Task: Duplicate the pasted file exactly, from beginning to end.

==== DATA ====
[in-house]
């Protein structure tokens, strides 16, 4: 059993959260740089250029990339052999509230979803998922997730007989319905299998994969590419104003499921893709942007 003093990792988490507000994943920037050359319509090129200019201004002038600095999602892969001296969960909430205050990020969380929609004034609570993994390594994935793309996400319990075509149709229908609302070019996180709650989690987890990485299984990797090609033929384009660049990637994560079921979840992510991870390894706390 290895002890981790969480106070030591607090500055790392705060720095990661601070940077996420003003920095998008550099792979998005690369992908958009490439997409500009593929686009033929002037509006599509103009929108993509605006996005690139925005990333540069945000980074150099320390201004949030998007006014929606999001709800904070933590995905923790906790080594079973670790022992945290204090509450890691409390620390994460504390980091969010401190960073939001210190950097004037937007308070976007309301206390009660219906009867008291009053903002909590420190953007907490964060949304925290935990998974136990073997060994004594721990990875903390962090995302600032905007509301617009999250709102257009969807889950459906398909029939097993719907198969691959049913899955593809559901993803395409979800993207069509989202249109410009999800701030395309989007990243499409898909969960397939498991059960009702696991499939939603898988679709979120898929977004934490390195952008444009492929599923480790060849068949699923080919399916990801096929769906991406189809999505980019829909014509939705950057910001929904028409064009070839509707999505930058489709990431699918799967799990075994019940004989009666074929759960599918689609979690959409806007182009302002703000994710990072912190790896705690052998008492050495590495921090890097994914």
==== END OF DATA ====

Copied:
[in-house]
């Protein structure tokens, strides 16, 4: 059993959260740089250029990339052999509230979803998922997730007989319905299998994969590419104003499921893709942007 003093990792988490507000994943920037050359319509090129200019201004002038600095999602892969001296969960909430205050990020969380929609004034609570993994390594994935793309996400319990075509149709229908609302070019996180709650989690987890990485299984990797090609033929384009660049990637994560079921979840992510991870390894706390 290895002890981790969480106070030591607090500055790392705060720095990661601070940077996420003003920095998008550099792979998005690369992908958009490439997409500009593929686009033929002037509006599509103009929108993509605006996005690139925005990333540069945000980074150099320390201004949030998007006014929606999001709800904070933590995905923790906790080594079973670790022992945290204090509450890691409390620390994460504390980091969010401190960073939001210190950097004037937007308070976007309301206390009660219906009867008291009053903002909590420190953007907490964060949304925290935990998974136990073997060994004594721990990875903390962090995302600032905007509301617009999250709102257009969807889950459906398909029939097993719907198969691959049913899955593809559901993803395409979800993207069509989202249109410009999800701030395309989007990243499409898909969960397939498991059960009702696991499939939603898988679709979120898929977004934490390195952008444009492929599923480790060849068949699923080919399916990801096929769906991406189809999505980019829909014509939705950057910001929904028409064009070839509707999505930058489709990431699918799967799990075994019940004989009666074929759960599918689609979690959409806007182009302002703000994710990072912190790896705690052998008492050495590495921090890097994914």